Your 10-second guide to today’s Australian GDP report

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Australia will receive its latest economic report card today with the release of Q4 GDP.

Following the release of various partial GDP inputs over the past month, it looks like economic growth was probably OK, rather than spectacular, in the final three months of 2017.

However, while we now know how much of the economy performed, we still don’t know how household consumption — the largest part of the Australian economy — fared during the quarter.

That means that this report, like the others, carries the potential to surprise in either direction.

Here’s the state of play.

  • In the September quarter, GDP grew by 0.6% in seasonally adjusted chain volume terms, slightly below the 0.7% level expected by economists.
  • GDP growth in the June quarter — originally reported as an increase of 0.8% — was revised higher to show an increase of 0.9%, the strongest since the first quarter of 2016.
  • Despite the small downside miss for quarterly GDP growth, the year-on-year rate increased to 2.8% from an upwardly revised 1.9% level in Q2, the fastest increase since the June quarter last year.
  • Real GDP in per capita terms grew by 0.3% in seasonally adjusted chain volume terms, half the level reported for headline GDP. From a year earlier, it grew by a smaller 1.3%.
  • Nominal GDP — measuring changes in both volumes and prices — rose by 0.6%, leaving it up 5.9% from a year earlier.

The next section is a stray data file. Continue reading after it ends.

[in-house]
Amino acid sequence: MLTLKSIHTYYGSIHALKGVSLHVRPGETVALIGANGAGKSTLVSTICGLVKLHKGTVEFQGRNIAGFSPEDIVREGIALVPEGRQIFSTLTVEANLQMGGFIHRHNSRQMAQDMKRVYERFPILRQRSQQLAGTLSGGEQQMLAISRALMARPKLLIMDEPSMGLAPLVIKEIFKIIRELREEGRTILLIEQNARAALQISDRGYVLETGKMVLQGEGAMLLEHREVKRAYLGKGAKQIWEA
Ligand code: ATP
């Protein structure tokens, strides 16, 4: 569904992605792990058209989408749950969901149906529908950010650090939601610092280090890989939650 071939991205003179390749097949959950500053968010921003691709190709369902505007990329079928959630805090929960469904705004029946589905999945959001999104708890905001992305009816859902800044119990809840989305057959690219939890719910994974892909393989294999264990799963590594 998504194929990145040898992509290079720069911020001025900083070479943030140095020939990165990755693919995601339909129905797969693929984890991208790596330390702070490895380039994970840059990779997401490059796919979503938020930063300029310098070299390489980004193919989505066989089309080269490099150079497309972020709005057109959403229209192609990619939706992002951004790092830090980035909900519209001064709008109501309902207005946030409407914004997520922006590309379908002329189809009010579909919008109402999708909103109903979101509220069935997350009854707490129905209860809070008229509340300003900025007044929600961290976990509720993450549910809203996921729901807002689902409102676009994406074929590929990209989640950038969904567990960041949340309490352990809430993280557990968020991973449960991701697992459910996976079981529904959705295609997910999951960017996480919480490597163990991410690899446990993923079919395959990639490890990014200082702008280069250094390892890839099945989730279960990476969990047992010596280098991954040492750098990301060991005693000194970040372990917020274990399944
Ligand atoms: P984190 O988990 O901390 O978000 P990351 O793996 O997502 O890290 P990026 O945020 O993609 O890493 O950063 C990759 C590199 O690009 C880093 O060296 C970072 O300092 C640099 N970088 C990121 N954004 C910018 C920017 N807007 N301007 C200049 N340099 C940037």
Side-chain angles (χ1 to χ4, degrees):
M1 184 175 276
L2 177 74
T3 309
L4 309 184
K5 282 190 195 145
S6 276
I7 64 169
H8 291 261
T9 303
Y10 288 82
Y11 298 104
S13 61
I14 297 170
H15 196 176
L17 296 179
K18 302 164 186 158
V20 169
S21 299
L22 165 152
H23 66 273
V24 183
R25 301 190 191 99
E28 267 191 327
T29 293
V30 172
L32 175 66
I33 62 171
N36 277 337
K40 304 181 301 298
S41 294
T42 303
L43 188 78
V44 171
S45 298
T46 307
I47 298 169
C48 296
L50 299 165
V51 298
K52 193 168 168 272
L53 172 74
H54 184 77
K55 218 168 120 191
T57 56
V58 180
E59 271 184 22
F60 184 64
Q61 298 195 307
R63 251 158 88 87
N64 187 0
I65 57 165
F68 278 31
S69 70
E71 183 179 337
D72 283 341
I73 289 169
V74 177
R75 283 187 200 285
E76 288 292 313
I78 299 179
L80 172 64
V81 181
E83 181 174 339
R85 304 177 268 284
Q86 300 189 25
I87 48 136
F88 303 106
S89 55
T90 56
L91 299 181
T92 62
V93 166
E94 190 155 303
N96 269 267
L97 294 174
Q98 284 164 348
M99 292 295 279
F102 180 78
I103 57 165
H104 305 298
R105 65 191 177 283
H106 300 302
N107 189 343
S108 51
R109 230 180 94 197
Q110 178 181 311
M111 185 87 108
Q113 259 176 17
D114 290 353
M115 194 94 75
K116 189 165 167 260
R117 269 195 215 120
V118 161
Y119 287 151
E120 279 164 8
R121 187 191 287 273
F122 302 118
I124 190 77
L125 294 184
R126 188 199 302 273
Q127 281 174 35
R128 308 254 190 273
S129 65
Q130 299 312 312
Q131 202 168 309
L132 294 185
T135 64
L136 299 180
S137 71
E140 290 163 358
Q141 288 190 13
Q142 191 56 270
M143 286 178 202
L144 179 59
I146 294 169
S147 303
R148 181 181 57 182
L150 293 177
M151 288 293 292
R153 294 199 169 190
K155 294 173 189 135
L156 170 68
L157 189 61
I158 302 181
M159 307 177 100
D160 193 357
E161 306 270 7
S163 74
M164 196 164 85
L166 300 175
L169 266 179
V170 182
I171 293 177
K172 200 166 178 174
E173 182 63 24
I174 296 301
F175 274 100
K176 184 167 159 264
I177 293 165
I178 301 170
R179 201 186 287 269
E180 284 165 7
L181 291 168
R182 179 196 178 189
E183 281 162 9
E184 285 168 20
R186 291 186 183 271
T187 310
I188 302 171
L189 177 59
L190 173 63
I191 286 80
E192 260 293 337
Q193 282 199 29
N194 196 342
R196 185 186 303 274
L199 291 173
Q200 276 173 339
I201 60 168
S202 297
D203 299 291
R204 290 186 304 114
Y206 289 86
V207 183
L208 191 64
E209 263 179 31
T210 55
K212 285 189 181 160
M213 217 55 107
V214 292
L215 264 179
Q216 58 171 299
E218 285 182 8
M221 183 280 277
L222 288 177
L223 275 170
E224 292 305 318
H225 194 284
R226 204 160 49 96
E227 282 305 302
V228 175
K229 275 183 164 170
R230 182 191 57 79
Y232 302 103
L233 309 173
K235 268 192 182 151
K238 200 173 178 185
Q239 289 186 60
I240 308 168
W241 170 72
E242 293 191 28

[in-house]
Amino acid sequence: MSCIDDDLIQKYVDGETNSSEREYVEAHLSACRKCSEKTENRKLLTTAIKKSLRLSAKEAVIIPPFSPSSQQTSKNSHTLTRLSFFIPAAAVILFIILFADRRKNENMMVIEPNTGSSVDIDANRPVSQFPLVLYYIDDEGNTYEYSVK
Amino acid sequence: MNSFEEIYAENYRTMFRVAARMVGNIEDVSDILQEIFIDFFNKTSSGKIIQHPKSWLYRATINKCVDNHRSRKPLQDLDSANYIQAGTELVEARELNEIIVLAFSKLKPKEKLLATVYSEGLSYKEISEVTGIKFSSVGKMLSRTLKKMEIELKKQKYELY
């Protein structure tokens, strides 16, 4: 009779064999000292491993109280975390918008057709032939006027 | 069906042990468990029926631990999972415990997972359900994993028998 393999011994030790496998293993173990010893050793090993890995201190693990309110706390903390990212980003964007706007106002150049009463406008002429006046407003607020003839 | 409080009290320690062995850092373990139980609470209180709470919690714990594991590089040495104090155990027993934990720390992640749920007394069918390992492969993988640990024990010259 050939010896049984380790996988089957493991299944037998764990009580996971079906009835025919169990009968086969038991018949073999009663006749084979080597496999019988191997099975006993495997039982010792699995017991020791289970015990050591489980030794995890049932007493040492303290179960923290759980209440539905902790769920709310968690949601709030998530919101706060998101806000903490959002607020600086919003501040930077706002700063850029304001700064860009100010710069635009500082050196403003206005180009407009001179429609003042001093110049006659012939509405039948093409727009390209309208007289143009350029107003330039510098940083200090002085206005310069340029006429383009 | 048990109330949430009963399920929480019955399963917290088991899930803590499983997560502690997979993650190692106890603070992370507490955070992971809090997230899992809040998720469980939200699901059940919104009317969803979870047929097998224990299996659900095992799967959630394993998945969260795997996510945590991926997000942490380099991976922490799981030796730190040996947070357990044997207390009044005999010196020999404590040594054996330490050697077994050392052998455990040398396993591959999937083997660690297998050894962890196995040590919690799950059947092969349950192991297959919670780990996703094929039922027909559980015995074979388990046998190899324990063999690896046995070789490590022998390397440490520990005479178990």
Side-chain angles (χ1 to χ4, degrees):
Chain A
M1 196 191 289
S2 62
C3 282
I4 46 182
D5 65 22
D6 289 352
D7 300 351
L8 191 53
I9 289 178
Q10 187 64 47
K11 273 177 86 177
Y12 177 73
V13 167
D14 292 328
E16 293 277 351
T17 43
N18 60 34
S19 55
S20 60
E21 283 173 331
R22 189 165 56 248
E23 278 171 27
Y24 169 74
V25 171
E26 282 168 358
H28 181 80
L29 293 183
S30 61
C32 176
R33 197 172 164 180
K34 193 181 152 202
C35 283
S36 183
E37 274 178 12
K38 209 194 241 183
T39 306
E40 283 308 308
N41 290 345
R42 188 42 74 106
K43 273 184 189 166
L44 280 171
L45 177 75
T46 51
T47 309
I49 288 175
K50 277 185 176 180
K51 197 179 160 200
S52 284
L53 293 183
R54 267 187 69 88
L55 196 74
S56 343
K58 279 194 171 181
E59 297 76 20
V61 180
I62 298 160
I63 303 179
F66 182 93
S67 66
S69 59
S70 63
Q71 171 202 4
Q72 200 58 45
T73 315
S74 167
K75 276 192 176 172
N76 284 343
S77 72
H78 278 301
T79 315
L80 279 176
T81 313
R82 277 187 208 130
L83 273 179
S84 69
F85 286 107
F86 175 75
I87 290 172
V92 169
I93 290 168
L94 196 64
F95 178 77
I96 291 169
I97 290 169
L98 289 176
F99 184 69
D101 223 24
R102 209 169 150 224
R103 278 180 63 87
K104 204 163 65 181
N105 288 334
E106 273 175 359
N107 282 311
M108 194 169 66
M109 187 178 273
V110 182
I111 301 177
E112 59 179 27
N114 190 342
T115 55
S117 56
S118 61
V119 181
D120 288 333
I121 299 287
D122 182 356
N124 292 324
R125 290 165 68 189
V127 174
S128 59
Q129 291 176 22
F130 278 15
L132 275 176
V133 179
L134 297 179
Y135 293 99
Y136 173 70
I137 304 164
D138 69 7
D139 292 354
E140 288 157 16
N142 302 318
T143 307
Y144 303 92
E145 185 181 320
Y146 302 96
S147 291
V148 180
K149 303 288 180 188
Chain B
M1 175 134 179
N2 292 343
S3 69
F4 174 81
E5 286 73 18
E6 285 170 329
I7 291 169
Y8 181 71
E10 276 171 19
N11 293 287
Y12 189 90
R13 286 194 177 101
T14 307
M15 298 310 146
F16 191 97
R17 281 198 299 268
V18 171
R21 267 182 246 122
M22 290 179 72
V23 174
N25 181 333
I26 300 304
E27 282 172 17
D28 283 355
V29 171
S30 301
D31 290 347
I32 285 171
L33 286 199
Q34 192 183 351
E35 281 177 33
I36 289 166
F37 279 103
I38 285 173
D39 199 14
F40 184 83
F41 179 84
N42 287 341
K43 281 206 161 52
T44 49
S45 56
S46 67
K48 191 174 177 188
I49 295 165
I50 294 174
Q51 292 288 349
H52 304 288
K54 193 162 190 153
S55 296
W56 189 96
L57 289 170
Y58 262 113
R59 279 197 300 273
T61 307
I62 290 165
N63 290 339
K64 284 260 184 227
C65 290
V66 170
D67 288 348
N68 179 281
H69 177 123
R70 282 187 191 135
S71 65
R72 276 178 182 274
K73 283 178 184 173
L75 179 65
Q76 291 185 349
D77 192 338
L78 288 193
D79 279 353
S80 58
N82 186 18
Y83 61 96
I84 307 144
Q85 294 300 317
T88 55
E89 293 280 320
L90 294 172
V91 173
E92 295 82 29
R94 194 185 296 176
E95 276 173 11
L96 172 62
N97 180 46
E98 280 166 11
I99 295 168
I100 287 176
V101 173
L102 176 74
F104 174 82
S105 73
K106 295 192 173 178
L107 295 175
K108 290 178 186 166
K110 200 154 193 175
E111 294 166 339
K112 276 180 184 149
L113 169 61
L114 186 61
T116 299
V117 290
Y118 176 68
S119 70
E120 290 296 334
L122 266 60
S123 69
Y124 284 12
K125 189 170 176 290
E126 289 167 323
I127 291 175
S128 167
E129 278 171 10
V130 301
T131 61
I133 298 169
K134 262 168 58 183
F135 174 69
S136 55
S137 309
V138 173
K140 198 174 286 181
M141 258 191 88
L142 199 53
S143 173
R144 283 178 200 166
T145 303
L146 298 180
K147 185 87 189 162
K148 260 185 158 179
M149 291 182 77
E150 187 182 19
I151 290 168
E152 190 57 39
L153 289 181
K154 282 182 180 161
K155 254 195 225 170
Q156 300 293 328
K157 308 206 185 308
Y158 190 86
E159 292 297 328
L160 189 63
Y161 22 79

• Today, economists expect a slight deceleration in economic growth during the December quarter.
  • The median economist forecast looks for an increase in real GDP of 0.5%, an outcome that will see the year-on-year rate fall back to 2.5% without revisions to prior data.
  • That would be in line with forecasts offered by the RBA in February.
  • Household consumption, along with public consumption and investment, are expected to contribute to growth during the quarter, helping to offset likely declines from residential construction, business investment and net exports.
  • Adding uncertainty to the quarterly figure, household services consumption — the largest individual part of the Australian economy — won’t be known until the GDP report is released.
  • We already know that retail sales volumes rose by a strong 0.9% during the quarter — the question is whether that extended to spending on services.
  • Given the importance of household consumption in helping to power economic growth both now and in the future, there’ll likely be plenty of interest on movements in the household savings ratio and average compensation of employees.
  • In recent years, households have saved less in order to sustain spending levels following soft growth in household incomes, so it will be interesting to see whether that trend has continued given continued weakness in wage pressures.
  • Nominal GDP is likely to grow faster than real GDP both over the quarter and year. However, the annual rate is still likely to slow sharply as a large increase in the final quarter of 2016 is removed from the calculation.

The report will be released at 11.30am AEDT.

Business Insider will have all of the details once it hits the screens